Just wanted to say congratulations! We picked up Gourmet and saw you there - #24! You're famous! The whole issue really brought back memories and we are really itching to get back up to Montreal now! One day soon perhaps....in the meantime, we have the recipes. :)

Anonymous said...

Picked up the Gourmet Montreal issue last night. While I have yet to read many of the articles, it has already lead me to your great blogspot, so it was already a worth while purchase.

aj kinik said...

Hi Snax,
Thanks for the congratulations. I don't know if we're "famous" exactly. The closest either of us has gotten to fame recently was when Michelle's photo appeared above an article on chefs and their diets in the Hour, a local weekly newspaper. For about a week afterwards we noticed heads turning in a way we were unaccustomed to when we were out in public. On one occasion we were out brunching and some woman in the restaurant was giving her the eye. Michelle was struggling to figure out if she knew this woman. "Knitting?" Soccer? Yoga?" I said, "She probably just read the Hour article sometime this week." Michelle took a second look and the woman was reading the Hour at that very moment. You should have seen Michelle blush. Anyway, we're ready for you. We've got a new, improved culinary tour of Montreal that were just dying to spring on visitors.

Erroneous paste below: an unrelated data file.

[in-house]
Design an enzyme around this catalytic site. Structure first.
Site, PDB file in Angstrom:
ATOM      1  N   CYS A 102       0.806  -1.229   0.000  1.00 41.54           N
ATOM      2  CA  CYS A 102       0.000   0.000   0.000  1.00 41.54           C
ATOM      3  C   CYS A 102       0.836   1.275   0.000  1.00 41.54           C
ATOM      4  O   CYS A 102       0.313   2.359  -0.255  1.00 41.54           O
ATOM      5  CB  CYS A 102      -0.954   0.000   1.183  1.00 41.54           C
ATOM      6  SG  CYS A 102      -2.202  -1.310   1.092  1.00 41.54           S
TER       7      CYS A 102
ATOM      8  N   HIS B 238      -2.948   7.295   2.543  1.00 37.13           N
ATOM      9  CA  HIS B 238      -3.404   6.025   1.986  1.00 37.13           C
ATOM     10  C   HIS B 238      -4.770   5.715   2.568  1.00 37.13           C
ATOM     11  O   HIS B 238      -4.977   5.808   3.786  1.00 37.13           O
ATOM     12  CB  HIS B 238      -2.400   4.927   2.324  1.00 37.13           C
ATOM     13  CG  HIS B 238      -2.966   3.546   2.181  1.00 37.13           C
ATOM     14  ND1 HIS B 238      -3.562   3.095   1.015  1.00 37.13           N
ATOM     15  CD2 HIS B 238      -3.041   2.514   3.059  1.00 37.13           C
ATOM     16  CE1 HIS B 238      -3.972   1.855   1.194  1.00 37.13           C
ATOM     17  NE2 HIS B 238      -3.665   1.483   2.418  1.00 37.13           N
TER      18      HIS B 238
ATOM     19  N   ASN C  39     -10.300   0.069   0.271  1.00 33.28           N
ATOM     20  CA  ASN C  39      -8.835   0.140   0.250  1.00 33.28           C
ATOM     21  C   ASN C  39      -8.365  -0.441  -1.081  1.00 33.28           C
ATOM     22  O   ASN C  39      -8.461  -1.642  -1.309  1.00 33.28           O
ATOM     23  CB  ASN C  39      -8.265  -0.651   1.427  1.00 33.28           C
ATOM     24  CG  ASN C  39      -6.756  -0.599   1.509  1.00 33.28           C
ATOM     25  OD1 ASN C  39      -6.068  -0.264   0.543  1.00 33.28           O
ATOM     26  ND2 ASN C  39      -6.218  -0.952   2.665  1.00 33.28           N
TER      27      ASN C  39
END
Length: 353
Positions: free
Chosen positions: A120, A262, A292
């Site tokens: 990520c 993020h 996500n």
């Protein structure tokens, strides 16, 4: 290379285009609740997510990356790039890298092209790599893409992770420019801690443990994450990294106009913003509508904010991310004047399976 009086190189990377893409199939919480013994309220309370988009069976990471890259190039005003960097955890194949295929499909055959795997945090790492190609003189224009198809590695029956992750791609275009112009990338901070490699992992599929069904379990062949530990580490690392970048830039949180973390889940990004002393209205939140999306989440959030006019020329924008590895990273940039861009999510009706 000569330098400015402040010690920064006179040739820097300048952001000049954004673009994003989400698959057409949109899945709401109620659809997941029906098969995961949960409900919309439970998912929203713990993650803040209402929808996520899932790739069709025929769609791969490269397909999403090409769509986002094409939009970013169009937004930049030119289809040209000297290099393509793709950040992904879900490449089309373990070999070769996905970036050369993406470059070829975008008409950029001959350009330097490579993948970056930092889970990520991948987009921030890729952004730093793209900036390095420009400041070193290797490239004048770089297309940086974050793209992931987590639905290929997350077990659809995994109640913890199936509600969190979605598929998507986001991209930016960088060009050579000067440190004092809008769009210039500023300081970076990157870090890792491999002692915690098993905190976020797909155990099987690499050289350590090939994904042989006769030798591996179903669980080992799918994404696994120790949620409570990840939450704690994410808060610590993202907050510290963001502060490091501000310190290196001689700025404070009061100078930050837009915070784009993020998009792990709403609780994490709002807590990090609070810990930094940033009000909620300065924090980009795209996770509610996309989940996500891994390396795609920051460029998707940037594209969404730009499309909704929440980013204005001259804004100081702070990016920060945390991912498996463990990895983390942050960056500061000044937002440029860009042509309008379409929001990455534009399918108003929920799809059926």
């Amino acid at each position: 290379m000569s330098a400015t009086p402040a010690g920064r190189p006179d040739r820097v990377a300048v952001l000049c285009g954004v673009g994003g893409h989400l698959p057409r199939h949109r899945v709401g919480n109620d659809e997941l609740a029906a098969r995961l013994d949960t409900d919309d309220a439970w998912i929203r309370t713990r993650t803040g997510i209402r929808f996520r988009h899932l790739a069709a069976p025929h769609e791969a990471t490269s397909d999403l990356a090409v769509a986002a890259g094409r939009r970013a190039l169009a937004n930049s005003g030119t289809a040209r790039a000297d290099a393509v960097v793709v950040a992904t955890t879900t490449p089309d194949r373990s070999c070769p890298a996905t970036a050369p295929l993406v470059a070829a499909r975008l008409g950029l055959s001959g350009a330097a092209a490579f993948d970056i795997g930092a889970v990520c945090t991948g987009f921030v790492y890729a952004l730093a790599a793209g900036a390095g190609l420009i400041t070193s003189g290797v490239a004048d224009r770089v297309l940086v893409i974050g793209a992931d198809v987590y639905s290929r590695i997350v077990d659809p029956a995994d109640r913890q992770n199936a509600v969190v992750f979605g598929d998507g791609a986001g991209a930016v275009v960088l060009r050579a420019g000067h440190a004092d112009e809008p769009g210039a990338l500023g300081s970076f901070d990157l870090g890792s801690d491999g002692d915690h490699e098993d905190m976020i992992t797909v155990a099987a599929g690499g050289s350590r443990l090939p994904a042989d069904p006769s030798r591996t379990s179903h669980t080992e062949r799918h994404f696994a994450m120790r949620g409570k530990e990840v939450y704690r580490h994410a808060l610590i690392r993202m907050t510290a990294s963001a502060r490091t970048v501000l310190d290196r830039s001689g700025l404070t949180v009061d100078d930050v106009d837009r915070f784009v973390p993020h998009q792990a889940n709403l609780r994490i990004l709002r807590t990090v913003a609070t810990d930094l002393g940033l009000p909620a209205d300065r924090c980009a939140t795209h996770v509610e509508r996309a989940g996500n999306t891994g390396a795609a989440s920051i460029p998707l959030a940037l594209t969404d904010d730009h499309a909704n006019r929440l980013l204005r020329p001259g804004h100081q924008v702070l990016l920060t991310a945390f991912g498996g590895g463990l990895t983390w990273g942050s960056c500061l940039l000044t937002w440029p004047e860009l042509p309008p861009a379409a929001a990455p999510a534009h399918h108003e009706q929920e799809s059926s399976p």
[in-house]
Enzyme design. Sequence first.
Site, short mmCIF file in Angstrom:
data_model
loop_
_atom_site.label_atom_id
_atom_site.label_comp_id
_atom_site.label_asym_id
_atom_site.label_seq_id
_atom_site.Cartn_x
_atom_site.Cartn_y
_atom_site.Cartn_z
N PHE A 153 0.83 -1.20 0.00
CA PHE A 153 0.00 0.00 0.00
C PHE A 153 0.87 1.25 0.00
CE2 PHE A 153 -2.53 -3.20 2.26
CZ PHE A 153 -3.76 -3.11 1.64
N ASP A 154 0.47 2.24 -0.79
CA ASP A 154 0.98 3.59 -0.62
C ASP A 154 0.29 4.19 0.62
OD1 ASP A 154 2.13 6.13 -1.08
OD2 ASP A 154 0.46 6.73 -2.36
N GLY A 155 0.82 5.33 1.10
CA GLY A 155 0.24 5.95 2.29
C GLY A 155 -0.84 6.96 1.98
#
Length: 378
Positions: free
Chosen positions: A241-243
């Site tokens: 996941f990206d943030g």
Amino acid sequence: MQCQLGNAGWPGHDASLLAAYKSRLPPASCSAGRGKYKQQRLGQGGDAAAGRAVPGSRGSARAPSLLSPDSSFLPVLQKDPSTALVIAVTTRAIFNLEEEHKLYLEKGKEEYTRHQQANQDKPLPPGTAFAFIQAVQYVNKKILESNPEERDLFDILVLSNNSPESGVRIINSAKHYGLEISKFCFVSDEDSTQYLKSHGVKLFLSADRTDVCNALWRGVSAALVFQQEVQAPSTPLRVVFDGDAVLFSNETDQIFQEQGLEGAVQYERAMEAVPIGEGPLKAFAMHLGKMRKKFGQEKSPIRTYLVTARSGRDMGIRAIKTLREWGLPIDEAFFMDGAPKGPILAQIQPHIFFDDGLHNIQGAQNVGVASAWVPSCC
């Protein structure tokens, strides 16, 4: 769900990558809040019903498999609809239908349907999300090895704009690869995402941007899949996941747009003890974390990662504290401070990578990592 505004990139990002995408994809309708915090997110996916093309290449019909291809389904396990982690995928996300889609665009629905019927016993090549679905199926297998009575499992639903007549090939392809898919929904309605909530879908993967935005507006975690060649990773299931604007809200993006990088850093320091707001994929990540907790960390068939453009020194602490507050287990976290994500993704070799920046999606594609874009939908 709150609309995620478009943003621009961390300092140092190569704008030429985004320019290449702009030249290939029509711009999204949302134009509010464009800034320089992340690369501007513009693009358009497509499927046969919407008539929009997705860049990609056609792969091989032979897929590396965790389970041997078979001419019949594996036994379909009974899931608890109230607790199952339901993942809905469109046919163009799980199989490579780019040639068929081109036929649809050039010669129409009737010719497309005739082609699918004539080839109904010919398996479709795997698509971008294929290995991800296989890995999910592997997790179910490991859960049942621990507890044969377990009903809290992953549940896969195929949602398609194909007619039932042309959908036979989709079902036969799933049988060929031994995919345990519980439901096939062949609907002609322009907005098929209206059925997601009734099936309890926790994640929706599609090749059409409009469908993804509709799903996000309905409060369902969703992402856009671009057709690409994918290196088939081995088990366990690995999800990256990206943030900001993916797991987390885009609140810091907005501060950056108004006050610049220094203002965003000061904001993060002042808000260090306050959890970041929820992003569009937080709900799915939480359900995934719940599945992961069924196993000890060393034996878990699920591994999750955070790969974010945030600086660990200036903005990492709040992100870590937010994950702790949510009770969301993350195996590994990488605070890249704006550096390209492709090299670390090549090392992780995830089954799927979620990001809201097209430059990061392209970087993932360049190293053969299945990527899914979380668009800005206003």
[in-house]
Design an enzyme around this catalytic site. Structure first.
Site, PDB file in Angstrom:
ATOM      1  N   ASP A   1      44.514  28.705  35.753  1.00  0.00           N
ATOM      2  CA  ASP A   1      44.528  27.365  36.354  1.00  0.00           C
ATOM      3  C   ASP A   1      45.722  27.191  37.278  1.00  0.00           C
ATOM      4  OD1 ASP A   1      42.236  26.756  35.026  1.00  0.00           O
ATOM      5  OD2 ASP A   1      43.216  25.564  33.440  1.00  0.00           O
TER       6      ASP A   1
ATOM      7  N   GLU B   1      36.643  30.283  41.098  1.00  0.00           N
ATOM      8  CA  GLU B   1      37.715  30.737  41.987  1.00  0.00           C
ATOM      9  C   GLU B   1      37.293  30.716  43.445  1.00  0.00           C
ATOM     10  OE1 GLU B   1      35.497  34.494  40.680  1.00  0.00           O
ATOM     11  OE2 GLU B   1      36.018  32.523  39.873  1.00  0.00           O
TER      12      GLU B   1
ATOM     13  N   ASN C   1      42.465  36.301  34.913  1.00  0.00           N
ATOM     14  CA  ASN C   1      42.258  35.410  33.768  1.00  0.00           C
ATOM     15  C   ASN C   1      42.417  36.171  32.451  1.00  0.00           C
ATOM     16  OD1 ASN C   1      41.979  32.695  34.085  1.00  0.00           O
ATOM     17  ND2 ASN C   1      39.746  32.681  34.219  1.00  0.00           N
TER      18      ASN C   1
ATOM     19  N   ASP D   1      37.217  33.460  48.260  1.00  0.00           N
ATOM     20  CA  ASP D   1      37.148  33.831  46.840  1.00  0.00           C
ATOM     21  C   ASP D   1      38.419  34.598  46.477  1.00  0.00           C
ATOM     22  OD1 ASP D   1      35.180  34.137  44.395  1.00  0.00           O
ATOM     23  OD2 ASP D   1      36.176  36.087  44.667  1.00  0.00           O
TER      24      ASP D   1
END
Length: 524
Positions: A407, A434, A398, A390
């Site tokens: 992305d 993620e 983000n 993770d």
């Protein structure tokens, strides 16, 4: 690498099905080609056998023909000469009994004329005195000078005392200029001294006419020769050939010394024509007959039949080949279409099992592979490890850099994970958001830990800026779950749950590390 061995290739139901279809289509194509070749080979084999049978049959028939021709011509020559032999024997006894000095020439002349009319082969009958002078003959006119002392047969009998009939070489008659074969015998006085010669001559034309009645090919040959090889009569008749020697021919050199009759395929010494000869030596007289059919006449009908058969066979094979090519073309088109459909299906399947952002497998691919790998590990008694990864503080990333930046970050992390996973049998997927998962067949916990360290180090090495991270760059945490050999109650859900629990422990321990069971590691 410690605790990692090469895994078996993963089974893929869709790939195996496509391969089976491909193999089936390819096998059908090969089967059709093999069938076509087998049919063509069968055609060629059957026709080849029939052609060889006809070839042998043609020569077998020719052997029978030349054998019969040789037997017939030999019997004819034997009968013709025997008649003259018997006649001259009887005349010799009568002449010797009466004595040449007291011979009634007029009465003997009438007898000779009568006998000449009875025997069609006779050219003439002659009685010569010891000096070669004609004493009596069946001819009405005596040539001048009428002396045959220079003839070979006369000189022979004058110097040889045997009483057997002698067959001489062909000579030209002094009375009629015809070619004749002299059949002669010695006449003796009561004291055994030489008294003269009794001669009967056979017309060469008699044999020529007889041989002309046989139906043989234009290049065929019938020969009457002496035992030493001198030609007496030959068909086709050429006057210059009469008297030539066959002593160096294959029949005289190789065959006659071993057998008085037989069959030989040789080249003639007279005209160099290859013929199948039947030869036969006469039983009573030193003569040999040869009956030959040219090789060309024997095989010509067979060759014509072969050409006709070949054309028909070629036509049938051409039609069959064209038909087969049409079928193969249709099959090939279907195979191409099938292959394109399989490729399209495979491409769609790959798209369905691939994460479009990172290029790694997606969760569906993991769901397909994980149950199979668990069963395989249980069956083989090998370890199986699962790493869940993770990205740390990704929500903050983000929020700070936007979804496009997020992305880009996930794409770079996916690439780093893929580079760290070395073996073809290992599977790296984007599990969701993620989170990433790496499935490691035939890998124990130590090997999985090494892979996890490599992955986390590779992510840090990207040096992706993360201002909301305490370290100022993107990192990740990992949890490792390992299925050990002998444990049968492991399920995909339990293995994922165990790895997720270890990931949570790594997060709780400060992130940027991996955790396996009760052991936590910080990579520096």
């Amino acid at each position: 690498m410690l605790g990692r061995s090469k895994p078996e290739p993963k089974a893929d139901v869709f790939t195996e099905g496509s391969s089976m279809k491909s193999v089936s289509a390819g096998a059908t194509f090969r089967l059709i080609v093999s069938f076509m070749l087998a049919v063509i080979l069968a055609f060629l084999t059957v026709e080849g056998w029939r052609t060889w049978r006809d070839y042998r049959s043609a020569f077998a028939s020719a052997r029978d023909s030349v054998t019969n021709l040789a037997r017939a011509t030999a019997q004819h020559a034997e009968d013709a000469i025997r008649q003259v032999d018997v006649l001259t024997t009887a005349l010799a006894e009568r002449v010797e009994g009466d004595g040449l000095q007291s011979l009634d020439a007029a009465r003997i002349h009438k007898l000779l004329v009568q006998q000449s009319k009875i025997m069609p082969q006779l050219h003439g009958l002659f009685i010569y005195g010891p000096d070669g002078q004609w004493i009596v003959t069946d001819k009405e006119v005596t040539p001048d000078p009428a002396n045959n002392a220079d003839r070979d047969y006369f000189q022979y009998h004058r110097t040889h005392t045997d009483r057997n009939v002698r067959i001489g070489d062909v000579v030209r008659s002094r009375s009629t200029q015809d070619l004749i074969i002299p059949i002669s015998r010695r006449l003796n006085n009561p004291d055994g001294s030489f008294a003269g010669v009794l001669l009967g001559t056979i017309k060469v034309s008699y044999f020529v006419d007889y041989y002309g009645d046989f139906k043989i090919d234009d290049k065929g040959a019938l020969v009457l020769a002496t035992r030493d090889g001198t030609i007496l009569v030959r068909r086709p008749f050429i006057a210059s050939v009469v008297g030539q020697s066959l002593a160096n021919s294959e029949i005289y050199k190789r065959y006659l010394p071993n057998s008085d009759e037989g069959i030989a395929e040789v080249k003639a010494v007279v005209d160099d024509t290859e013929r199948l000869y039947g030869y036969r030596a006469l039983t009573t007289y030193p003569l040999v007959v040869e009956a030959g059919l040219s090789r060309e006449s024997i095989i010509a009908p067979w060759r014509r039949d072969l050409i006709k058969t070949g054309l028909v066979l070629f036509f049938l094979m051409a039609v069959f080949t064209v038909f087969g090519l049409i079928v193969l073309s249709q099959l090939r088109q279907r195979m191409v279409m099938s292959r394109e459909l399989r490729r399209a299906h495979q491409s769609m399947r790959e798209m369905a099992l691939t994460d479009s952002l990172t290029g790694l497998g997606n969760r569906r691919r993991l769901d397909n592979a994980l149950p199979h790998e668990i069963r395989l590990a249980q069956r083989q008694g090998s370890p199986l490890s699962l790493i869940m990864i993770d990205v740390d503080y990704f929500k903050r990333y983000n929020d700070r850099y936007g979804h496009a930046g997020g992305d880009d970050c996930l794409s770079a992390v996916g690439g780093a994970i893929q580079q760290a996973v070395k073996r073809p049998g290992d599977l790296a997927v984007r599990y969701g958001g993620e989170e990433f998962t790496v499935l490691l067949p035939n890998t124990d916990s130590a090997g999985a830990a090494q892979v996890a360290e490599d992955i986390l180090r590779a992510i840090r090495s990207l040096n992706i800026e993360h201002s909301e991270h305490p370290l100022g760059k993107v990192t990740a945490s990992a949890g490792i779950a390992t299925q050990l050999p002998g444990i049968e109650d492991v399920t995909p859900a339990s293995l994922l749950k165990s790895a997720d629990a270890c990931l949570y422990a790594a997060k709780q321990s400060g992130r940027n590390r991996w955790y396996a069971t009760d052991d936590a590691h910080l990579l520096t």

Dear anonymous,
Thanks for checking us out.

wayne said...

Hi AJ and Michelle,

Congratulatons on your worldwide recognition. We're among the legions of those who've newly discovered your blog. And perfect timing, too, as we've just purchased a second home in the Plateau.

I'm curious to learn more about the "new, improved culinary tour" that you mention. Thanks.

aj kinik said...

Hi Wayne,